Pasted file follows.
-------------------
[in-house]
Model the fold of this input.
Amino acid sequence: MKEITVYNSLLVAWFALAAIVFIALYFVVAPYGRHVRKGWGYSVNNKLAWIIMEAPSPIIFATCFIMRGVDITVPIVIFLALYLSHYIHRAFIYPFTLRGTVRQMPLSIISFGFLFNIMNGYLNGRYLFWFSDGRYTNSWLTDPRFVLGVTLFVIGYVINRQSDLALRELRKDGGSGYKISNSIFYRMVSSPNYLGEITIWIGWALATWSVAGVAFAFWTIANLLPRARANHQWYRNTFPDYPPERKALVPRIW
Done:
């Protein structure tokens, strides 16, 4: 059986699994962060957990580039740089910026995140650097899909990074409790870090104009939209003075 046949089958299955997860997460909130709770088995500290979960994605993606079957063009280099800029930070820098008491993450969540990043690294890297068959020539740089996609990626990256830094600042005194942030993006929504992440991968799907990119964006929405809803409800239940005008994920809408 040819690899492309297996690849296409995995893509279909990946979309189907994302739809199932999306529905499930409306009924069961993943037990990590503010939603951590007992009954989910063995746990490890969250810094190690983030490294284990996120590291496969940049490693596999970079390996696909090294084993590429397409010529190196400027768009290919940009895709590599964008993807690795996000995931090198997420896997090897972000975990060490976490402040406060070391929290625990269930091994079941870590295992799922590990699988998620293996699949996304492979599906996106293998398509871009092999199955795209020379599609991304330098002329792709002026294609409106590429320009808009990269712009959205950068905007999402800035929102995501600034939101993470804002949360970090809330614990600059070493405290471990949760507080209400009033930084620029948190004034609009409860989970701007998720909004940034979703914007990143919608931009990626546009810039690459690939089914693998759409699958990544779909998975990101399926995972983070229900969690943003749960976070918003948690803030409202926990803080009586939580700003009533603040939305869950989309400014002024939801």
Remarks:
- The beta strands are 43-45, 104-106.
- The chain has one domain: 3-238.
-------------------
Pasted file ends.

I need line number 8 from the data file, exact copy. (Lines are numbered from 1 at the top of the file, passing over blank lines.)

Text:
- The chain has one domain: 3-238.